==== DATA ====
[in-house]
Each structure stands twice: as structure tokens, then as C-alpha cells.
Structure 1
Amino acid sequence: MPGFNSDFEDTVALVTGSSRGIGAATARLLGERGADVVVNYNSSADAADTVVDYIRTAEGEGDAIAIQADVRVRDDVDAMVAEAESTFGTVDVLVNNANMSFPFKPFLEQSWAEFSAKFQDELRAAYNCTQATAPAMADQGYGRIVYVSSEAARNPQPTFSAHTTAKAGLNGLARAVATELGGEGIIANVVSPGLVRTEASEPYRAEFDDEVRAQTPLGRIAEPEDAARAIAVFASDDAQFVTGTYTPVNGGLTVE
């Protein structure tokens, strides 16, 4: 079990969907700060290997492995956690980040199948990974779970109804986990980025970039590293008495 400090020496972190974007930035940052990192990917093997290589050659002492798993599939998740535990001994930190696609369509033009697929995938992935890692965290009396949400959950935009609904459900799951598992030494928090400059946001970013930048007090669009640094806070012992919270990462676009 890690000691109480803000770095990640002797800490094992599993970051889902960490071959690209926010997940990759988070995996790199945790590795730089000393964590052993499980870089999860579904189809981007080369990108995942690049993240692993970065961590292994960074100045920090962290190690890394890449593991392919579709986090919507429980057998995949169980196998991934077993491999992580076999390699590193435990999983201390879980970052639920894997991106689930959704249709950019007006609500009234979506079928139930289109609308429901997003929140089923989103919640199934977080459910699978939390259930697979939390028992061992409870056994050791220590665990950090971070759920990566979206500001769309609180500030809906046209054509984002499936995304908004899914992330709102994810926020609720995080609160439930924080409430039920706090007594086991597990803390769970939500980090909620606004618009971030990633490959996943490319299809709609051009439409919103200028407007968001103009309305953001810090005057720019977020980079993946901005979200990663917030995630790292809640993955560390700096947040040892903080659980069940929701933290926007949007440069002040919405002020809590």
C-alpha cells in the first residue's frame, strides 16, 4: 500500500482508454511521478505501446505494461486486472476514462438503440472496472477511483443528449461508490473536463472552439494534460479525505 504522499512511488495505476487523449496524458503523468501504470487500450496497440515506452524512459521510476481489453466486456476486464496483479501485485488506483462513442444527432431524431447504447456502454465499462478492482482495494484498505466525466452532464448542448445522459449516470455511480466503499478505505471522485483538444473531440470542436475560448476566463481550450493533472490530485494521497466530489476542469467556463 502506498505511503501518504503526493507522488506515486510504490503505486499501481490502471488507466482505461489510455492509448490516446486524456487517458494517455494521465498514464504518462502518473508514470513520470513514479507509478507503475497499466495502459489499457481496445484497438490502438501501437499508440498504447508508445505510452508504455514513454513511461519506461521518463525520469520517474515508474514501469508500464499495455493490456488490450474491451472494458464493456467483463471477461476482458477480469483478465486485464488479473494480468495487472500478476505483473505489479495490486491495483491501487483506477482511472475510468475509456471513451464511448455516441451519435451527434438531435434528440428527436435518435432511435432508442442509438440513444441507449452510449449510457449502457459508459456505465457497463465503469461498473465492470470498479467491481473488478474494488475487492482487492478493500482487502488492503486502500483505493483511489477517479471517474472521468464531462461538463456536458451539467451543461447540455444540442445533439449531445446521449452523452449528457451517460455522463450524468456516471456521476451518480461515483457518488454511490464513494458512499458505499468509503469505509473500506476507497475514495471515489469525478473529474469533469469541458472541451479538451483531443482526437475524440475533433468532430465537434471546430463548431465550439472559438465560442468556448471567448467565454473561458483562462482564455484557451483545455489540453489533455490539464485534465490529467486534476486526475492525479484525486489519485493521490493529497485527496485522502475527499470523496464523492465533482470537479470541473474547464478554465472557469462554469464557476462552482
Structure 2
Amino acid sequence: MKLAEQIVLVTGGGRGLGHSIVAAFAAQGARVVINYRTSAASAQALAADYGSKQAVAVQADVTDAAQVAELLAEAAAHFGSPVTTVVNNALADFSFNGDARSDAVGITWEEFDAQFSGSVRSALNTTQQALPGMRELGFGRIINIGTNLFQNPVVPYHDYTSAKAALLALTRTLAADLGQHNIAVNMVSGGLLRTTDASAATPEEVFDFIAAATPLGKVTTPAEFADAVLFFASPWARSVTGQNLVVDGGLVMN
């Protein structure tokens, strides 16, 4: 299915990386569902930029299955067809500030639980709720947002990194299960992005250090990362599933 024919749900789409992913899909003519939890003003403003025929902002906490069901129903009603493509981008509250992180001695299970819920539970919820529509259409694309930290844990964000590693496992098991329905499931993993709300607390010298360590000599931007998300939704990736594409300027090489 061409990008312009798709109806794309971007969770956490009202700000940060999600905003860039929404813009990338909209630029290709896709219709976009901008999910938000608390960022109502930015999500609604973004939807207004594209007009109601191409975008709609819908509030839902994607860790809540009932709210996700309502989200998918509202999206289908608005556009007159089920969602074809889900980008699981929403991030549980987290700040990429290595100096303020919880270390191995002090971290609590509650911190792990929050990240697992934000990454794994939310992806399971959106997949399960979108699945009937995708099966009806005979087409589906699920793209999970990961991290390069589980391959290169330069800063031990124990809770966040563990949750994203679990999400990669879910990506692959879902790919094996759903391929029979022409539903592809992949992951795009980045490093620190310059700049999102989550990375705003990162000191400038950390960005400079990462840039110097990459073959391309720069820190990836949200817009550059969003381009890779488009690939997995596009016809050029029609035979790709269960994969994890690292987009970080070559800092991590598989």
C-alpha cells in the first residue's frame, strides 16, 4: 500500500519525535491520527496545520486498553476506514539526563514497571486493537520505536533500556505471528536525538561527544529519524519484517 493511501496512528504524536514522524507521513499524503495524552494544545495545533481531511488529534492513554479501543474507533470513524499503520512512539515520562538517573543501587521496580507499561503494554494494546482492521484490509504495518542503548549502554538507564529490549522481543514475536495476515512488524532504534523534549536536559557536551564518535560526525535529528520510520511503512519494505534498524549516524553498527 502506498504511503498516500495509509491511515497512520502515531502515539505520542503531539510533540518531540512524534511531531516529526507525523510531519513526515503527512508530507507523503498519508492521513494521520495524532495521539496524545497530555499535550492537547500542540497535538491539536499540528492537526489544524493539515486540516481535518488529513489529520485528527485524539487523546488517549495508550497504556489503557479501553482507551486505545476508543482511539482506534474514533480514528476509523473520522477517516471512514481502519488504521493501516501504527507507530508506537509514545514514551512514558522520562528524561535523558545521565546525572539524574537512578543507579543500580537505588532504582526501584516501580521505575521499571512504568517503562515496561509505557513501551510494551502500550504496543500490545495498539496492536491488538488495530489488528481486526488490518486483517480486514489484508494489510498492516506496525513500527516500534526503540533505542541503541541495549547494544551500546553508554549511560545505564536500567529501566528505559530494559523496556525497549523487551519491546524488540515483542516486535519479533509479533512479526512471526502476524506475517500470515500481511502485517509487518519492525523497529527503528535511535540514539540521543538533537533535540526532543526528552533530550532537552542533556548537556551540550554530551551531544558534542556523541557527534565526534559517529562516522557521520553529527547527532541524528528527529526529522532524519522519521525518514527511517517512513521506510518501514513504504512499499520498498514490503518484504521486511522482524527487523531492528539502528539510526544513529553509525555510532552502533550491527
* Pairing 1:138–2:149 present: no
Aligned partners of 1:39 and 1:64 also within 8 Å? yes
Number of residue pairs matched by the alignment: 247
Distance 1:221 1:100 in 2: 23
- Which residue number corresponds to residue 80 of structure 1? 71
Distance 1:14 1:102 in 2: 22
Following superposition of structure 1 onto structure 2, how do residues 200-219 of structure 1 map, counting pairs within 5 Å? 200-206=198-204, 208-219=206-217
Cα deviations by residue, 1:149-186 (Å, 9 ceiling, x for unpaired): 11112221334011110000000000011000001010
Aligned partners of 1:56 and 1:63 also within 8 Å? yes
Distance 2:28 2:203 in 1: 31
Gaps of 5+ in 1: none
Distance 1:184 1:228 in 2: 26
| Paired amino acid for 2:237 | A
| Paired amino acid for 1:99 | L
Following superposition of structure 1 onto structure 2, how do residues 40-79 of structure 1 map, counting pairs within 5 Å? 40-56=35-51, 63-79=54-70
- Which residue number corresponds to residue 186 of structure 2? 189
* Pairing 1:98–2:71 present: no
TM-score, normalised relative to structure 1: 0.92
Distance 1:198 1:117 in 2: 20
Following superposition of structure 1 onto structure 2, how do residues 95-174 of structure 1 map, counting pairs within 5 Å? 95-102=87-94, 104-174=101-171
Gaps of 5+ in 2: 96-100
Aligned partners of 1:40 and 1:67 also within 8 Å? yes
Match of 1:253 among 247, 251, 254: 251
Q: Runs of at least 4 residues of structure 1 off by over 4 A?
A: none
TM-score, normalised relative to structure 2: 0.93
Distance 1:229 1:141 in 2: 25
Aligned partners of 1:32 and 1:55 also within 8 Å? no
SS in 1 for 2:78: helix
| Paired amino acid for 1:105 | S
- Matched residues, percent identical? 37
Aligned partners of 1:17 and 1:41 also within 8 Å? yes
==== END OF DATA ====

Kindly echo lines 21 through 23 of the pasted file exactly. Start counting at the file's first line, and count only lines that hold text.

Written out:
Gaps of 5+ in 1: none
Distance 1:184 1:228 in 2: 26
| Paired amino acid for 2:237 | A